“Our town is strong and vibrant because of its citizens, each and every employee who ‘give it the gas’ everyday, and a great town council,” Stovall said. “I am very excited about the next four years.”
Council next appointed the five “council-appointed officers” as required—Town Manager Pete Peters, Treasurer Cody Sexton, Chief of Police Fabricio Drumond, and Town Attorney Jeremy Carroll, who will all serve until Dec. 31, 2024. Peters was also appointed as town clerk effective Feb. 1, 2023, through Jan. 31, 2024, to replace Susan Johnson, who will be retiring.
In another organizational move, Sabrina McCarty and Councilman Keith Liles were appointed to the Community Development Committee, Brad Grose and Mike Stovall to the Finance Committee, and Laurie Mullins and McCarty to the Public Works Committee. Citizen Mandy Fullen was re-appointed to another five-year term on the Board of Zoning Appeals, and Vinton’s Economic Development Specialist Marshall Stanley was appointed to the RVTV Committee.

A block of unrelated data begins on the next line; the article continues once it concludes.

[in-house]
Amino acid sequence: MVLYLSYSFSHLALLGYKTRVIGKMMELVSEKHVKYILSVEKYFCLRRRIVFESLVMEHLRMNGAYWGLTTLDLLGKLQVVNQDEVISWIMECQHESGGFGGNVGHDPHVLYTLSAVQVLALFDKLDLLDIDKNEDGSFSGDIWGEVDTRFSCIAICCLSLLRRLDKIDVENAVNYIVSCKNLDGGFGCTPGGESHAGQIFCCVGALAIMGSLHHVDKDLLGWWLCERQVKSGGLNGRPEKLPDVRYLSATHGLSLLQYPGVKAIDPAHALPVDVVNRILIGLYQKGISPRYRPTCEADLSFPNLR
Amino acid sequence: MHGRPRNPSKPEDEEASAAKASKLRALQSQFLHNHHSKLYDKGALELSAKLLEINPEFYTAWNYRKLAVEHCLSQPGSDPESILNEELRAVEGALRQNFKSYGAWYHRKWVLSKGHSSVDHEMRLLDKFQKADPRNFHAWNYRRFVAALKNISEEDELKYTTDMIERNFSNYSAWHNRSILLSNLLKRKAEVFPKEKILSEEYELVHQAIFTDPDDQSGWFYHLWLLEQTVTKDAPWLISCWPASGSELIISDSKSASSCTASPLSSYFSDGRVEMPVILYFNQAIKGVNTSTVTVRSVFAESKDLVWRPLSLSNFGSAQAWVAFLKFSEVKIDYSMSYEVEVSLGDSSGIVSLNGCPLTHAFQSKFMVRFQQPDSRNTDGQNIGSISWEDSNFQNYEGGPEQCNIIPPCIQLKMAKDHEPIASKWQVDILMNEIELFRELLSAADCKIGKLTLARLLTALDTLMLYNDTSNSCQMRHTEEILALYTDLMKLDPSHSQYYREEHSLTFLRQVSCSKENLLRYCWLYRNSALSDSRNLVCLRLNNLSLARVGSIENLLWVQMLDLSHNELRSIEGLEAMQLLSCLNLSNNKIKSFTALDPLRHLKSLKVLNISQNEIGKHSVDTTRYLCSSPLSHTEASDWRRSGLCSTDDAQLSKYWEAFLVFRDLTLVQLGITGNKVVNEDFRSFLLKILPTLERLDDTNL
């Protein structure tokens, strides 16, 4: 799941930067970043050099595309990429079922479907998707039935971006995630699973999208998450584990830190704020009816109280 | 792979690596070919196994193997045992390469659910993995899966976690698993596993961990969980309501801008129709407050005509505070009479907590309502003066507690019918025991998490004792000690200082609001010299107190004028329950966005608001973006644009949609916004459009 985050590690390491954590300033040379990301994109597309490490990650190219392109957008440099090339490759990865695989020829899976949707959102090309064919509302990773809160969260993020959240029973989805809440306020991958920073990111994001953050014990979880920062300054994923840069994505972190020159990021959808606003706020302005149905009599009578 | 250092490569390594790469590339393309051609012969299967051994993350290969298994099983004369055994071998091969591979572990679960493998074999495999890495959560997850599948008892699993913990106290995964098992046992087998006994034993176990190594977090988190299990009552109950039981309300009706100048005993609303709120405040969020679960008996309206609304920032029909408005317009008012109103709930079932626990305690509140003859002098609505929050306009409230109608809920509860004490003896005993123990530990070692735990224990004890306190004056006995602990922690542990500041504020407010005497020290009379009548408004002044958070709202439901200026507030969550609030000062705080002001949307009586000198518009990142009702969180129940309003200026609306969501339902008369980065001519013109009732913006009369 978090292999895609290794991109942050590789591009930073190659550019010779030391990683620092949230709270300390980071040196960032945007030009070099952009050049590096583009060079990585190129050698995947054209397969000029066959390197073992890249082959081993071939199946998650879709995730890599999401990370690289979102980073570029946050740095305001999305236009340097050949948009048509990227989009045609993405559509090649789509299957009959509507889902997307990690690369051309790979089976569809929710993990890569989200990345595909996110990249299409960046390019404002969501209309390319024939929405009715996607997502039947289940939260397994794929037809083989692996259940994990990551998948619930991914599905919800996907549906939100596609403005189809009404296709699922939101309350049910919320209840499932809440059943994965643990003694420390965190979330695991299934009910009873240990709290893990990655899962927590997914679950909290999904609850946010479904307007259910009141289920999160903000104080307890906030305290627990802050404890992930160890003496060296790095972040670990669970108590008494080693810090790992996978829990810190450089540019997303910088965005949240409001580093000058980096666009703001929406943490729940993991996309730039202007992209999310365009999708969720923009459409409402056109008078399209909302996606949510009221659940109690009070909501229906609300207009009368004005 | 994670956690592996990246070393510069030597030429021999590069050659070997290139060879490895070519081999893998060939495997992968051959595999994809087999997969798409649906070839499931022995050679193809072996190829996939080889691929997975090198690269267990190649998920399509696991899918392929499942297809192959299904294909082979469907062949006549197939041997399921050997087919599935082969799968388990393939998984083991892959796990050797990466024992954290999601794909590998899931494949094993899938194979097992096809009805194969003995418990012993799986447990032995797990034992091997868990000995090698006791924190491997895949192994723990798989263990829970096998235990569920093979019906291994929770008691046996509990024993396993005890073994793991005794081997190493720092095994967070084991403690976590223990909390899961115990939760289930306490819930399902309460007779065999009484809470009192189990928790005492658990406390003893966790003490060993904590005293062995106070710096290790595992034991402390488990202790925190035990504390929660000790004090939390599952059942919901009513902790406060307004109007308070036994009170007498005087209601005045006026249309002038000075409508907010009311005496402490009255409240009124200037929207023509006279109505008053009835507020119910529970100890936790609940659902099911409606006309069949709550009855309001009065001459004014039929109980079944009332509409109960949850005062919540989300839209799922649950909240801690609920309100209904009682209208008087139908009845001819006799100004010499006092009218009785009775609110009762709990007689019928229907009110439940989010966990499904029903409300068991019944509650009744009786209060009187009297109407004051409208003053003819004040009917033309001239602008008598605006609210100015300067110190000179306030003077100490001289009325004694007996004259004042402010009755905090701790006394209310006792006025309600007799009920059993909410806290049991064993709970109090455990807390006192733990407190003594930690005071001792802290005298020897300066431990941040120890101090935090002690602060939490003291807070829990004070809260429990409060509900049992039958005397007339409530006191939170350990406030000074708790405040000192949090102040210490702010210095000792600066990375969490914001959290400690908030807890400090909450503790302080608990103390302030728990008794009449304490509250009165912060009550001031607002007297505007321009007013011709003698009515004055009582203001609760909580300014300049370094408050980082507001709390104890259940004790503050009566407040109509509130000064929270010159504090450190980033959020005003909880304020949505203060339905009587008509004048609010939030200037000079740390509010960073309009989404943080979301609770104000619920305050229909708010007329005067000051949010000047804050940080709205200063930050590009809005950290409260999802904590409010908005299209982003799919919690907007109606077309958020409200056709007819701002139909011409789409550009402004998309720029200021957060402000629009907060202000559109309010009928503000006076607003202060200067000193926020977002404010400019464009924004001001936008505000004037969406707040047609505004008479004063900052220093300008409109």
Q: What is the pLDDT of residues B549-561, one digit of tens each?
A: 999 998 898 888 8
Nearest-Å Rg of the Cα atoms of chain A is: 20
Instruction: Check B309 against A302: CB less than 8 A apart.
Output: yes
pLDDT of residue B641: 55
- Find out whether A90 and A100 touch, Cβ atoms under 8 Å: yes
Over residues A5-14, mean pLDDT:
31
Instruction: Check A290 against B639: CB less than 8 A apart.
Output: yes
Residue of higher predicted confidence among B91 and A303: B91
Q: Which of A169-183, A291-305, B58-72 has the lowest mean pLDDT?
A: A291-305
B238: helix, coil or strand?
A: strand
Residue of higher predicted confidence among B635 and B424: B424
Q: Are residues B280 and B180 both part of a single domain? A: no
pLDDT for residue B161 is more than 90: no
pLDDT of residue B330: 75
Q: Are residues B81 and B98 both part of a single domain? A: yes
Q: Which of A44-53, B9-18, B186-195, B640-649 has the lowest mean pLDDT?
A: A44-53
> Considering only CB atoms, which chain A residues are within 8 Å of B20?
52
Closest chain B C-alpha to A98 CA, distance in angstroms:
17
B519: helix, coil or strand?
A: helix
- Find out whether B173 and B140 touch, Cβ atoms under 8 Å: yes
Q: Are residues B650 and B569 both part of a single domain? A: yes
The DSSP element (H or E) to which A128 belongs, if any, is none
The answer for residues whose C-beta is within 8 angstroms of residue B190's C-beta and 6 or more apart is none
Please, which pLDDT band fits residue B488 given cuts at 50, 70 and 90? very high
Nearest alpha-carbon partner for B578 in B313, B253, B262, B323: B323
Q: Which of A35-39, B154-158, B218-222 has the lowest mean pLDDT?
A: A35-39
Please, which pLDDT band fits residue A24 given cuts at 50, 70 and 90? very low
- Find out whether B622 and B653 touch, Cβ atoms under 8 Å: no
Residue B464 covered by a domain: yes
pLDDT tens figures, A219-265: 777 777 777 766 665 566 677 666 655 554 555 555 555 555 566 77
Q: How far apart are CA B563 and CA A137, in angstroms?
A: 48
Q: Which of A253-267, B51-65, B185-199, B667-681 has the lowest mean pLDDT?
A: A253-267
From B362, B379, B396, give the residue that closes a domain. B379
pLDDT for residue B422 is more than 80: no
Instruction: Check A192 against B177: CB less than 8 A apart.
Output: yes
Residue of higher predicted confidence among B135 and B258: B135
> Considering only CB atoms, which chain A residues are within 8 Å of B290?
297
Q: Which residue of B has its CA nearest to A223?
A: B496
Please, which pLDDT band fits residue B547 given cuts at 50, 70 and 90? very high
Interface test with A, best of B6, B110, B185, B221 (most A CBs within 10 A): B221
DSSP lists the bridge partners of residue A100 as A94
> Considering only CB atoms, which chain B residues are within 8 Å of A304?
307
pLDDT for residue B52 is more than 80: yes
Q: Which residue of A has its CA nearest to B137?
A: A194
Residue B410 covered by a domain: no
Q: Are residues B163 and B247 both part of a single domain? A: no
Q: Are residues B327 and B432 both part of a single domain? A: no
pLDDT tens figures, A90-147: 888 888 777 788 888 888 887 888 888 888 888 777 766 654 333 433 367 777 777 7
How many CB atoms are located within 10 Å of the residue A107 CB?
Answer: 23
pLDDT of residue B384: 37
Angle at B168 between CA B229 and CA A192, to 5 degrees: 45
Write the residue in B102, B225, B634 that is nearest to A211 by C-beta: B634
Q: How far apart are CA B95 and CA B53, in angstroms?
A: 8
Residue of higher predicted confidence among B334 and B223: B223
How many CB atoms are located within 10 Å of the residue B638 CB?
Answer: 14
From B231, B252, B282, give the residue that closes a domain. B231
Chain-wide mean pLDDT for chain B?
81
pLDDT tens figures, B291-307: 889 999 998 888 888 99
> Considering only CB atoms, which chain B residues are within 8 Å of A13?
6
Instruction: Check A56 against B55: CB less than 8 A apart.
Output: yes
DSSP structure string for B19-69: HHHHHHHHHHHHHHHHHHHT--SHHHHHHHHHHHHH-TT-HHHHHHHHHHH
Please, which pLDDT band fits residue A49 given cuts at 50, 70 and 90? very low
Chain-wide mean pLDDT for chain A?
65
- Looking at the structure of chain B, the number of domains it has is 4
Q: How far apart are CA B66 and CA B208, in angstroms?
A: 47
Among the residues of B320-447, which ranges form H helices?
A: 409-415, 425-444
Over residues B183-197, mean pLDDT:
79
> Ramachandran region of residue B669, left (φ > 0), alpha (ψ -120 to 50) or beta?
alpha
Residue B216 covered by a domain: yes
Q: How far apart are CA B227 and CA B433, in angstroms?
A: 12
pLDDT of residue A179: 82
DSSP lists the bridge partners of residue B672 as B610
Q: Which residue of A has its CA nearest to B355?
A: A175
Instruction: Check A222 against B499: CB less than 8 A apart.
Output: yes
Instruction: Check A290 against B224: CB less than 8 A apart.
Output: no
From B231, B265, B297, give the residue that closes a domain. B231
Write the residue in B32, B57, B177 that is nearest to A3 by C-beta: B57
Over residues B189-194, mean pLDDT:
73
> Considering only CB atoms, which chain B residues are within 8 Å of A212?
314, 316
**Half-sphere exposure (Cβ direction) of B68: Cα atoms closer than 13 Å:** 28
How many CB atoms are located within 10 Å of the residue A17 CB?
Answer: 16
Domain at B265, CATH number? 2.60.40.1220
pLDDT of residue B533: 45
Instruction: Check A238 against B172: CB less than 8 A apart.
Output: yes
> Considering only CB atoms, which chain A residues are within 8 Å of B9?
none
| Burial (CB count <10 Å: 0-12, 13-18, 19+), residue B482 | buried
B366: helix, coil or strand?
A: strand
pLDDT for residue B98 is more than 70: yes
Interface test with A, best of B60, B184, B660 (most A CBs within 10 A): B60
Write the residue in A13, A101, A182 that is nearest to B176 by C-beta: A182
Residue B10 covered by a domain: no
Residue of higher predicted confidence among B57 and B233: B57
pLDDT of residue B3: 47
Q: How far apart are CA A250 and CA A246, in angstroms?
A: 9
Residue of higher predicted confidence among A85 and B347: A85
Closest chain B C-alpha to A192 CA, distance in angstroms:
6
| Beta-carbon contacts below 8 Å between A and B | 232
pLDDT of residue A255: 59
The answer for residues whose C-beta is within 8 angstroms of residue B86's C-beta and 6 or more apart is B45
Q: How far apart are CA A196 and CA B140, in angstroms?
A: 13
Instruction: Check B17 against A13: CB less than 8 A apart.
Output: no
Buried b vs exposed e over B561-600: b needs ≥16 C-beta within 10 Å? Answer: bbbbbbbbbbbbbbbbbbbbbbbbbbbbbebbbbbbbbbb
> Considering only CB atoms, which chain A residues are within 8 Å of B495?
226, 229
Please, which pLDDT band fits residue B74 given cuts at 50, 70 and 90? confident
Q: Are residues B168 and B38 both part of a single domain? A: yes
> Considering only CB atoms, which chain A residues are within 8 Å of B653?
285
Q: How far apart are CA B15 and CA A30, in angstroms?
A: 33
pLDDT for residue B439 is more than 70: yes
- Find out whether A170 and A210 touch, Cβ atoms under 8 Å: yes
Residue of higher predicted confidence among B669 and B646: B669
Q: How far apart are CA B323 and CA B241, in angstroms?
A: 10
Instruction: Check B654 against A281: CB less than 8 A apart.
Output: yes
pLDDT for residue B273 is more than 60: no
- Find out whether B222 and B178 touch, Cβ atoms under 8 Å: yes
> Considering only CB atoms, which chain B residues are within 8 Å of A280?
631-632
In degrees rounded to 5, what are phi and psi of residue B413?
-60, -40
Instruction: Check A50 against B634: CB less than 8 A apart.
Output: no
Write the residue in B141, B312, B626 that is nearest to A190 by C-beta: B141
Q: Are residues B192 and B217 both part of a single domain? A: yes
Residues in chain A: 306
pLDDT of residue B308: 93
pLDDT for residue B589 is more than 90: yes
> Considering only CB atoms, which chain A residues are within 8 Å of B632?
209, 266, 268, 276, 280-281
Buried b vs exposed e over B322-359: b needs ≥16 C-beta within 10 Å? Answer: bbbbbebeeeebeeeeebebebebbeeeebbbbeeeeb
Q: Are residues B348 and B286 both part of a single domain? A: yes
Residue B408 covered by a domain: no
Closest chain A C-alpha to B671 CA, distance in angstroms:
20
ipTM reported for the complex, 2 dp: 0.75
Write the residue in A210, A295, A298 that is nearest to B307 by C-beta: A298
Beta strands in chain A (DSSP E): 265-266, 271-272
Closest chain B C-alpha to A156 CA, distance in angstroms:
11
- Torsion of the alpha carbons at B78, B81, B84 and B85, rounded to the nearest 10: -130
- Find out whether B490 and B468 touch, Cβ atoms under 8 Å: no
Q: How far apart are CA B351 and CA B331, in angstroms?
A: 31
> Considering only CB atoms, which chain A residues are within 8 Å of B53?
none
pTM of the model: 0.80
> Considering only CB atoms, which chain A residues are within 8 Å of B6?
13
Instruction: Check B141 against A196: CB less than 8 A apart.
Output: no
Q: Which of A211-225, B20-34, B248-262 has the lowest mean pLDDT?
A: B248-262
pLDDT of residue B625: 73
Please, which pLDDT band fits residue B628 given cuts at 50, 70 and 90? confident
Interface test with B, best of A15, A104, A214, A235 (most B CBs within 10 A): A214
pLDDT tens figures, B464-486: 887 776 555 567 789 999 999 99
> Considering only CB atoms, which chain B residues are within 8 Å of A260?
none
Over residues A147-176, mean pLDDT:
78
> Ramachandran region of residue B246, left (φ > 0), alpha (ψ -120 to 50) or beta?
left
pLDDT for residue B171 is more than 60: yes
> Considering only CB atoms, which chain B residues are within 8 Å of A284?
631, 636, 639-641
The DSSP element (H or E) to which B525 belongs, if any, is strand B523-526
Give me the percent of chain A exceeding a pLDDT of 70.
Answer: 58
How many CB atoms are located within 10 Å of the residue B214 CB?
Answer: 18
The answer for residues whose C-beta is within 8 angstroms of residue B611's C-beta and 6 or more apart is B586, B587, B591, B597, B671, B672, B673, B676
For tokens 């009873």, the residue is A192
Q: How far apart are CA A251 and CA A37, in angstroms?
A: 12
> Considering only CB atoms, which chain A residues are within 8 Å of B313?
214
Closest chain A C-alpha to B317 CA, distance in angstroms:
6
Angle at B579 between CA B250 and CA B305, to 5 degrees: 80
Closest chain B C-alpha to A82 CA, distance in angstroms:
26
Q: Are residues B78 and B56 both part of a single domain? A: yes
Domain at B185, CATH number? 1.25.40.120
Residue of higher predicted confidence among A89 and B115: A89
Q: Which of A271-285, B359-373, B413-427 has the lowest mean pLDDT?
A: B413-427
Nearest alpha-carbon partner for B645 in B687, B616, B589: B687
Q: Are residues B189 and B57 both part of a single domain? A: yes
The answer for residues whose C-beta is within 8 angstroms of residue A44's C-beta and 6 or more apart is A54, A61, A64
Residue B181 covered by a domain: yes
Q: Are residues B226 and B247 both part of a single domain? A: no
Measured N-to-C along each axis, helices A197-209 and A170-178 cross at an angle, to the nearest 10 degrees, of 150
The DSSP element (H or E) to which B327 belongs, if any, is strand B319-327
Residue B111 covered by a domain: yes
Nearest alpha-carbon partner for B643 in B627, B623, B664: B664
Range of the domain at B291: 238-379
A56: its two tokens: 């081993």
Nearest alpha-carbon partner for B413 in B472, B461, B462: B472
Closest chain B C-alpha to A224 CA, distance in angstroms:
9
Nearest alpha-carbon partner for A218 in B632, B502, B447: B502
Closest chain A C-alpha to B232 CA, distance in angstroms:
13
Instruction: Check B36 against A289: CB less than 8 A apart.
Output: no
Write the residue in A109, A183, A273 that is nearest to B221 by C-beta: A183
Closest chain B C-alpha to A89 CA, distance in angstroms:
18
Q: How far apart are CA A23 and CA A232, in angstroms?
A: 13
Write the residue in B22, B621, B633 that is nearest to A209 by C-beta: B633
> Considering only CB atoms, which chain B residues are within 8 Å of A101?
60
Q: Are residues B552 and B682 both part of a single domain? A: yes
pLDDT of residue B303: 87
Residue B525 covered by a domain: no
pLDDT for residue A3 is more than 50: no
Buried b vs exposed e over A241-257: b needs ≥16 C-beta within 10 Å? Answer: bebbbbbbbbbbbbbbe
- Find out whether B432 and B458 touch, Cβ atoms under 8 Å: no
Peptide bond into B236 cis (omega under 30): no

Council approved the regular meeting schedule for calendar year 2023 with meetings scheduled for the first and third Tuesday of each month, except on the Fourth of July, Aug. 1 for National Night Out, and Election Day on Nov. 7.
Council also approved the holiday schedule for 2023 designating when town offices are closed.
Community Programs Director Chasity Barbour gave council an update on special events in the town and data on the use of the Vinton War Memorial and Charles Hill Community Center.
Barbour expressed her appreciation to the Community Programs staff—Dana Boyd, Amanda Payne, Caroline Loveland, Shaye Hicks, and Gary Houff—for their hard work and dedication to duty. She informed council that the staff is currently “flipping rooms” five to eight times a week for various rentals. That means they are setting tables, chairs, linens, centerpieces, greeting all vendors and clients, showing the building for future clients, keeping the kitchen in line for catering, washing all linens, along with organizing the decorations and props for outdoor events.
Council expressed their delight in hearing that the Vinton War Memorial hosted 273 events and the Community Center 394 events in 2022. This includes rentals, senior programs, and town of Vinton events.
There are already 293 events booked at the War Memorial for 2023 in addition to 325 at the Community Center “and that’s if we do not book anything else ‘til the end of June. I know we will hit over 350 booked events at the War Memorial and 450 at the Community Center by June,” Barbour announced.